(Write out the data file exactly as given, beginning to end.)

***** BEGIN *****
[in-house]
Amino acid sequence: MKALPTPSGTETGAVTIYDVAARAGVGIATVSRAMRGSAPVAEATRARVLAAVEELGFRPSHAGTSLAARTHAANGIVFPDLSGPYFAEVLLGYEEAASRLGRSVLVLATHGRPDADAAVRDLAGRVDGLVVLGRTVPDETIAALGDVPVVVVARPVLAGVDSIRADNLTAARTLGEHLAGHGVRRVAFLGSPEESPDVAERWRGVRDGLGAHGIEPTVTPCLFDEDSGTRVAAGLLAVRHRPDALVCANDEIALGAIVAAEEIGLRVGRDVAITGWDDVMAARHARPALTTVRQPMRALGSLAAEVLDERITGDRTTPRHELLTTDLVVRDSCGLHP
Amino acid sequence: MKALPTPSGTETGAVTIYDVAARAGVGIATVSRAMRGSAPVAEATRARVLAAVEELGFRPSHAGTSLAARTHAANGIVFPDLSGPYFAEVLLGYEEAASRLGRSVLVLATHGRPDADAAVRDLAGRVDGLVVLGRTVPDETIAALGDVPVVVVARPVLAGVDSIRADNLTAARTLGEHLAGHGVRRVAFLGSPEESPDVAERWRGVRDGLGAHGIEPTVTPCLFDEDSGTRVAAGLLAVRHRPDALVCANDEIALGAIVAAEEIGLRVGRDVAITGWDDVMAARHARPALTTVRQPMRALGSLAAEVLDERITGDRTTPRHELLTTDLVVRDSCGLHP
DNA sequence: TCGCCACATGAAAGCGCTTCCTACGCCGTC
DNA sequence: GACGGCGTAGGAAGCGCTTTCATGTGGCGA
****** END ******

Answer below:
[in-house]
Amino acid sequence: MKALPTPSGTETGAVTIYDVAARAGVGIATVSRAMRGSAPVAEATRARVLAAVEELGFRPSHAGTSLAARTHAANGIVFPDLSGPYFAEVLLGYEEAASRLGRSVLVLATHGRPDADAAVRDLAGRVDGLVVLGRTVPDETIAALGDVPVVVVARPVLAGVDSIRADNLTAARTLGEHLAGHGVRRVAFLGSPEESPDVAERWRGVRDGLGAHGIEPTVTPCLFDEDSGTRVAAGLLAVRHRPDALVCANDEIALGAIVAAEEIGLRVGRDVAITGWDDVMAARHARPALTTVRQPMRALGSLAAEVLDERITGDRTTPRHELLTTDLVVRDSCGLHP
Amino acid sequence: MKALPTPSGTETGAVTIYDVAARAGVGIATVSRAMRGSAPVAEATRARVLAAVEELGFRPSHAGTSLAARTHAANGIVFPDLSGPYFAEVLLGYEEAASRLGRSVLVLATHGRPDADAAVRDLAGRVDGLVVLGRTVPDETIAALGDVPVVVVARPVLAGVDSIRADNLTAARTLGEHLAGHGVRRVAFLGSPEESPDVAERWRGVRDGLGAHGIEPTVTPCLFDEDSGTRVAAGLLAVRHRPDALVCANDEIALGAIVAAEEIGLRVGRDVAITGWDDVMAARHARPALTTVRQPMRALGSLAAEVLDERITGDRTTPRHELLTTDLVVRDSCGLHP
DNA sequence: TCGCCACATGAAAGCGCTTCCTACGCCGTC
DNA sequence: GACGGCGTAGGAAGCGCTTTCATGTGGCGA